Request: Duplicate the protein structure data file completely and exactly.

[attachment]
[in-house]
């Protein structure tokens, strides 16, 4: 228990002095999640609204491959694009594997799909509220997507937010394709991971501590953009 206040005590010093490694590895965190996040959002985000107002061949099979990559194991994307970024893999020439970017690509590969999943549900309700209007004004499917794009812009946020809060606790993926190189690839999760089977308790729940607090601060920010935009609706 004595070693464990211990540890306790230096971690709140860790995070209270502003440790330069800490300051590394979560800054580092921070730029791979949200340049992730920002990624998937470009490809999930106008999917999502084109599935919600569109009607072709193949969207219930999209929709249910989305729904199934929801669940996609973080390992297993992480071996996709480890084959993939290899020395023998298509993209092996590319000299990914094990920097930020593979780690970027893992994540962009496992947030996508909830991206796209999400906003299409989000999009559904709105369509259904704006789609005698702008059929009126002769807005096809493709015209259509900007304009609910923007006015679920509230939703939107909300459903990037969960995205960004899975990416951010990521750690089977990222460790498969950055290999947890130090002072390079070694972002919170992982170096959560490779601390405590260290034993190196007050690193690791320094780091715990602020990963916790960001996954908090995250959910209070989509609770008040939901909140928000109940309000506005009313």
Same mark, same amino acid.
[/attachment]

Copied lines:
[in-house]
């Protein structure tokens, strides 16, 4: 228990002095999640609204491959694009594997799909509220997507937010394709991971501590953009 206040005590010093490694590895965190996040959002985000107002061949099979990559194991994307970024893999020439970017690509590969999943549900309700209007004004499917794009812009946020809060606790993926190189690839999760089977308790729940607090601060920010935009609706 004595070693464990211990540890306790230096971690709140860790995070209270502003440790330069800490300051590394979560800054580092921070730029791979949200340049992730920002990624998937470009490809999930106008999917999502084109599935919600569109009607072709193949969207219930999209929709249910989305729904199934929801669940996609973080390992297993992480071996996709480890084959993939290899020395023998298509993209092996590319000299990914094990920097930020593979780690970027893992994540962009496992947030996508909830991206796209999400906003299409989000999009559904709105369509259904704006789609005698702008059929009126002769807005096809493709015209259509900007304009609910923007006015679920509230939703939107909300459903990037969960995205960004899975990416951010990521750690089977990222460790498969950055290999947890130090002072390079070694972002919170992982170096959560490779601390405590260290034993190196007050690193690791320094780091715990602020990963916790960001996954908090995250959910209070989509609770008040939901909140928000109940309000506005009313």
Same mark, same amino acid.